Have you ever thought about the way you relate to money? If you are struggling to get a grip on finances, it might be worth it to take a look at your relationship with money. In this week’s blog I wanted to combine my two favorite resources on money management and relationships in order to take actionable steps toward improving your financial health. This blog reviews the wisdom of the Gottman Method for healing romantic relationships as a framework to heal our relationship with money.
Build Love Maps Between Money and Ourselves
When we think about the foundation of behavior change, we always start with observation. The Gottman Institute uses a series of assessments for understanding our romantic partner’s internal world. They call this “Building Love Maps”. This includes things like a 2 hour assessment exploring feelings and desires each partner has for the other. But how does this relate to money? Well, as Kate Northrup, author of Money a Love a Story explains, if we first just begin by observing our relationship to money and our money patterns, magical things start to happen.
For example, one of Kate’s first exercises in the book begins with just committing to looking at your bank account on a regular basis. That’s right, you don’t even have to physically change your spending habits to see a change in your behavior. Just observe.
Some steps to better understand your relationship with money can include:
- Begin reading resources on money management and financial literacy
- Talk to others about managing money
- Join a local financial planning group (public libraries often have these)
- Commit to looking at your bank statement weekly
- Make a list of some problems you see in your relationship with money
Respect Your Money
The second stage of relationship healing in the Gottman Method is a phase called Share Fondness and Admiration. In this stage, Gottman emphasizes one key foundation of any healthy relationship – respect. In this stage, we begin to focus on all the ways we honor, cherish and respect our partner. How much are your behaviors lining up with respect for your money? Are there patterns of abuse and neglect?
We can begin respecting our money by following some of the strategies below:
- Develop a savings plan, no matter how small your income.
- Limit spending on unnecessary things.
- Change your vocabulary around money. Watch for phrases like “I never have enough” and “I can’t afford that”. Try reframing these to “I am always provided for” and “I choose not to spend my money that way.”
Allow Money To Support You
Over and over you hear financial gurus explain the one difference between the rich and poor. In an article by Rich Dad-Poor Dad, Robert Kiyosaki reminds us again that the most important difference is in the way individuals spend. Poor people buy random things. Rich people purchase investments. The difference here becomes acquiring a bunch of worthless stuff versus putting your money in a place where it will begin to work for you. That’s right. Wealthy individuals purchase investments over material goods that will depreciate over time.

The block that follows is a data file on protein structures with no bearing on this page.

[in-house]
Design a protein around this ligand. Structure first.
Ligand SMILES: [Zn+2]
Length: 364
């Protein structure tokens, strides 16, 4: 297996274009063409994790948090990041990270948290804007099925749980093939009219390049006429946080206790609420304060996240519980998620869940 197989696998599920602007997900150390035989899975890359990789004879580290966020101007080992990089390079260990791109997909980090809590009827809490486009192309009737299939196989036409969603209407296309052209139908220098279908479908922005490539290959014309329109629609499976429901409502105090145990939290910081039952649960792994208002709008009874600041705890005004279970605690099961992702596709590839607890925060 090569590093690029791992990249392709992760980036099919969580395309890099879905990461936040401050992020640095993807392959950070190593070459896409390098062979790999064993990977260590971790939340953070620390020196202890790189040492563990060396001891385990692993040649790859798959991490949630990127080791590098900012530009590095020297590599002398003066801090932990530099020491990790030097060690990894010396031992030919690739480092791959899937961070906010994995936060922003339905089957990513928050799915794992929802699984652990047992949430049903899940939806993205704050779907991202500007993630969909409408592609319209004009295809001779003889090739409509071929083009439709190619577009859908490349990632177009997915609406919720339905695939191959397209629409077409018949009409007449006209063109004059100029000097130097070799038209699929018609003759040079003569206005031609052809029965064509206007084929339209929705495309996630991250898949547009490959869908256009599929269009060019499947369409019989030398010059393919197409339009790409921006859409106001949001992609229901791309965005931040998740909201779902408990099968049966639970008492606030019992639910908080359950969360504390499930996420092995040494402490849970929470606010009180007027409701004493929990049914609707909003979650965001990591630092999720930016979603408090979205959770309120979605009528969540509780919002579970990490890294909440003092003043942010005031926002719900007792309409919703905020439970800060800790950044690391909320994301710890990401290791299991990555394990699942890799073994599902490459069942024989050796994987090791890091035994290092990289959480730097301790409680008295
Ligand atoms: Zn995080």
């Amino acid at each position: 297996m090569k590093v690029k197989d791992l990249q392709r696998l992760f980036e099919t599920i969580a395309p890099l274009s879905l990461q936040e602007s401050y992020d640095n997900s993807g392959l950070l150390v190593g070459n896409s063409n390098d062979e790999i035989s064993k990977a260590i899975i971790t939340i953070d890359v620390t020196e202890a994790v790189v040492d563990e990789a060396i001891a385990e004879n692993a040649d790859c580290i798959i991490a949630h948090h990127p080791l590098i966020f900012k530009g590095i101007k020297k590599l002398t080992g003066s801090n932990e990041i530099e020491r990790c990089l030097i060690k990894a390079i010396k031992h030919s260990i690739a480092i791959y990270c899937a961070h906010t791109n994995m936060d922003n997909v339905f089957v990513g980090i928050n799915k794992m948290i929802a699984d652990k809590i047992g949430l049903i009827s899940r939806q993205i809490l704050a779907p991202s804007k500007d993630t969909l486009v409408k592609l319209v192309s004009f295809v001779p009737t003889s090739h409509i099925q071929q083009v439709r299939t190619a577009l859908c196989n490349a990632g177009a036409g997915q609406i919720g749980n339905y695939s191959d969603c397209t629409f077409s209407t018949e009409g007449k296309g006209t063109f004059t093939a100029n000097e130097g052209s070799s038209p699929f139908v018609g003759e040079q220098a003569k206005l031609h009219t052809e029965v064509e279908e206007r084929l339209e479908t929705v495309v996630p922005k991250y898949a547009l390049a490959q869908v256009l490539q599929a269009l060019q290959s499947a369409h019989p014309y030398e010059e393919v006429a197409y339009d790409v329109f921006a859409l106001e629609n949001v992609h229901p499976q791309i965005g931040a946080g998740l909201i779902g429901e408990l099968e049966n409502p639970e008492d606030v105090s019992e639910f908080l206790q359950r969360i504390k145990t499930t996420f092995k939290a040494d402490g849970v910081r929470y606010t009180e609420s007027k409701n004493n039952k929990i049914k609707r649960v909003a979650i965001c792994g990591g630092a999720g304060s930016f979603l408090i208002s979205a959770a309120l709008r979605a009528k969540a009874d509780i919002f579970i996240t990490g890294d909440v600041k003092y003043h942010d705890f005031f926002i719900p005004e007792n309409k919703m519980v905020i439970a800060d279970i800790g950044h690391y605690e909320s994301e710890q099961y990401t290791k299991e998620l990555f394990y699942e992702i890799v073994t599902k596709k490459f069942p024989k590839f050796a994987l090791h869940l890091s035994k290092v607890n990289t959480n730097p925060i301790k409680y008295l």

Maintain a Positive Perspective and Manage Conflict
Healthy romantic relationships are based off two partners having a positive outlook toward problem solving. Our relationship with money requires the same. When financial challenges arise, it’s one’s ability to remain calm and solution-focused that allows them to weather the storm. We may not always have the information to solve our financial problems, but the person with the positive perspective has confidence in their ability to seek out individuals and resources that will support them.
Someone with a positive perspective is good at:
- Advocating for their needs
- Negotiating with others
- Being persistent
Focus on Your Financial Dreams
Another level in the Gottman Method of relationship success is the ability to share our hopes and dreams with our partner. Because our relationship with money is really a reflection of the relationship we have with ourselves, it’s important to honor the dreams we have for our financial future. We can do this through things like journaling, lists and goal setting, vision boards and my personal favorite, hypnosis focusing on our “future wealthy self”.
Cultivate Trust In Your Financial Decisions
Being able to trust ourselves and our relationships are a large part of the therapy process. When it comes to money, we often feel fearful and untrusting of our own financial decisions. This can be because of a number or reasons ranging from lack of financial literacy to general anxiety in our day to day lives. When we begin to cultivate trust in our decisions, we find that we start to make better investments. We make deals with people we can trust and we begin to trust ourselves to use restraint in our spending habits.
Cultivating a Sense of Commitment
Your relationship with money is a lifelong commitment. For better or worse, you are in it until the end. Committing yourself to the process of cultivating a healthy relationship with money requires patience with yourself. Possibly you came from a family that struggled to understand money. Maybe you are working to overcome the feelings associated with privilege. Whichever side of the spectrum you fall on, developing compassion and patience for yourself is key to participating in your financial life in a healthy way.
Want to learn more about the use of hypnosis to repair your financial relationship?